During the COVID-19 crisis, schools are shut down and children are missing the socialization that comes with seeing their friends. While parents are facing many challenges associated with homeschooling, working from home, balancing work and having children at home, and financial struggles (as well as our own loneliness), the loneliness children face can be overlooked or forgotten.
If your child is acting out during this time, it could be a sign that he or she:
- Is missing the structure that comes with having a routine (school routine, friends and family routine, etc.)
- The child is feeling big emotions, not least of which is probably loneliness
6 Tips for Helping Your Child Cope with Loneliness During COVID-19
If you have a large household, you may wonder if your child can really be feeling lonely during this time. After all, you’d probably give anything for a moment of silence and solitude right about now. However, much like time with our adult friends is much different from time with family, a child’s time with their young friends is also much different from family time.
Make Time to Play
How much playtime was your child spending with friends before people the stay-at-home orders? There’s no way for you to match that with your child but making an effort to add a little extra playtime can be a big help to your child. Make time to be as non-parent as possible—be silly, play games you usually wouldn’t play, use your imagination, and make silly jokes. Your child will be thrilled.
Many parents are helping their children reach out to friends through Facetime or Facebook Messenger Video.
“I was surprised that my 6-year-old spent 2 ½ hours just talking and giggling with her friend over Facetime. They caught up, talked about their schoolwork, talked about the fun things they were doing at home, and even played games like rock-paper-scissors together. When the other mom and I first got on we thought we’d have to stimulate conversation, but once we left them alone, they really connected and had an amazing time. It was definitely an eye-opener to me that she needs more of that connection with her friends during this time.”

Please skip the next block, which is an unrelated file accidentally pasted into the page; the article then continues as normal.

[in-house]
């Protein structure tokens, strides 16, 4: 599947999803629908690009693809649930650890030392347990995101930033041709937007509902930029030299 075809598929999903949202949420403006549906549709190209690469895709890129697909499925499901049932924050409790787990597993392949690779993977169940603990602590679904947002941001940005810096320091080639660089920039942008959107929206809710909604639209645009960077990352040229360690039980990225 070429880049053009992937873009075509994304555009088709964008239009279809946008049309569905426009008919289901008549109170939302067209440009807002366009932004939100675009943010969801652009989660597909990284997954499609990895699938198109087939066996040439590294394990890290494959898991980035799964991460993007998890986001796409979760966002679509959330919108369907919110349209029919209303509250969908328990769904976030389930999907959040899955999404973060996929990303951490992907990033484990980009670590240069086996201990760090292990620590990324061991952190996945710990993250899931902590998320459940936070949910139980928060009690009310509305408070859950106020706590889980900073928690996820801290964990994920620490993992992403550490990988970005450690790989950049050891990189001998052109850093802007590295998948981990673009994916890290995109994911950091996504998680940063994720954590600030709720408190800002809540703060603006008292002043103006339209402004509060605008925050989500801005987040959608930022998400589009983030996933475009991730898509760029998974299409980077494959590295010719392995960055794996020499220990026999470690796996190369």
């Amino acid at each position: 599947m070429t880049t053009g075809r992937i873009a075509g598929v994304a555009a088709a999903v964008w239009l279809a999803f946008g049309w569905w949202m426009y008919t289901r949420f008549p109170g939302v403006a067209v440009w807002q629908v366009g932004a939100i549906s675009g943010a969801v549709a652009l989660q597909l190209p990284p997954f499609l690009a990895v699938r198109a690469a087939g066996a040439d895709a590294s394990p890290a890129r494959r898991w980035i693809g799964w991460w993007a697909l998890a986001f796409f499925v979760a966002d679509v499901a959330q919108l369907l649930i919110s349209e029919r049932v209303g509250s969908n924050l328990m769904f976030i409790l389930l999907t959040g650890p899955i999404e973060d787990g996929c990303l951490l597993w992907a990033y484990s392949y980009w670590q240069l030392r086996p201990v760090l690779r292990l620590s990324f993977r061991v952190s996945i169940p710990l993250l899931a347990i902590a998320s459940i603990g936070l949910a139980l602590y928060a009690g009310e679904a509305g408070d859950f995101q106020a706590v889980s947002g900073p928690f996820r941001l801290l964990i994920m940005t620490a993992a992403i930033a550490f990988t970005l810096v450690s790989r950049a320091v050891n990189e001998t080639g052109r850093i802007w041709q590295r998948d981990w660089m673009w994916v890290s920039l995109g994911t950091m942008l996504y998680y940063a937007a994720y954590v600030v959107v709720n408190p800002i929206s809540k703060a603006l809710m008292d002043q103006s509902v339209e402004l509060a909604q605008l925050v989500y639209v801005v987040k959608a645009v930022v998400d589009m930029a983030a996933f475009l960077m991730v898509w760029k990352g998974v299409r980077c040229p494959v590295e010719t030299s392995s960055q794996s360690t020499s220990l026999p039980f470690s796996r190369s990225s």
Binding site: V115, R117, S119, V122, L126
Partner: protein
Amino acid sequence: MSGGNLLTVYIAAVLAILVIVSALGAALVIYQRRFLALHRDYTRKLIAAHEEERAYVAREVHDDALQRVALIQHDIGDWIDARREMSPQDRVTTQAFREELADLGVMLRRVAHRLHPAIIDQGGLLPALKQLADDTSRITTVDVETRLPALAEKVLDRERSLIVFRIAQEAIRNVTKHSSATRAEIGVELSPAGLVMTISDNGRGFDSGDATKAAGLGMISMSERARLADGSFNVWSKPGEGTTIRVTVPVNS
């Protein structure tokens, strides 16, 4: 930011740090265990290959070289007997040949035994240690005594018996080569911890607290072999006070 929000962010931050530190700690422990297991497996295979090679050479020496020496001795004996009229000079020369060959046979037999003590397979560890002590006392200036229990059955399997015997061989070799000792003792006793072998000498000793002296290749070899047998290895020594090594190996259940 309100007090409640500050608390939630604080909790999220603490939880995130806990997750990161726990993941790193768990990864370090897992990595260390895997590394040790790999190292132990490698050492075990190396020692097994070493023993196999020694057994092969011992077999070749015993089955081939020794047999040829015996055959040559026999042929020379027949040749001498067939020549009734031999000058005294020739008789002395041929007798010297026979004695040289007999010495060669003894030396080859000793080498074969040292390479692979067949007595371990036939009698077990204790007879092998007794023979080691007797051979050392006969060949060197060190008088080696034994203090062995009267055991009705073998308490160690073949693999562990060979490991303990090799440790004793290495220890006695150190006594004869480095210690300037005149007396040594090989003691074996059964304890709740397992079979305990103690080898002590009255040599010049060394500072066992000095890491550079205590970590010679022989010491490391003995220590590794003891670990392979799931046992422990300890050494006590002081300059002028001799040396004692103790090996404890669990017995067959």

– Mother of One
Some experts note that young children may not get much out of a virtual experience with friends, but that for school-aged children, this can be a big benefit.
Spend Time Outside
This is a good time to get outside with the kids for some good old-fashioned sunshine. Getting active outdoors will not only help take your child’s mind off being lonely but will also help produce some much-needed “feel good” feelings.
Sometimes, having a light at the end of a tunnel can be what helps get us through a difficult time. Work with your kids to come up with fun ideas to spend time during this period of isolation. What types of fun foods can you cook together? What fun activities can you do outside?
Talk to Your Kids
Even though we may have a gut reaction about our child being lonely, some kids may not actually feel this way. Talk to your kids using simple open-ended questions. Don’t “lead the witness” by asking “Are you feeling lonely right now?” Instead, ask questions like “what’s the thing most on you mind right now?” Then ask if they want help problem-solving the problem or if they just want space to be sad about it. They may surprise you with saying that they’re feeling happy and less anxious because they don’t have to do homework or get to stay home with family all day.
Remain Steady and Secure
These are such uncertain times. One of the most important things you can do for your child is to be their rock. Your child needs to see you positively regulating your emotions during this time—remember, they are tiny little sponges soaking up our vibes. This means you need to be practicing self-care. Connect virtually with friends and family, exercise, spend time outside, and take time to relax.
What are you doing to support your child during this time? Let us know by responding in the comments below.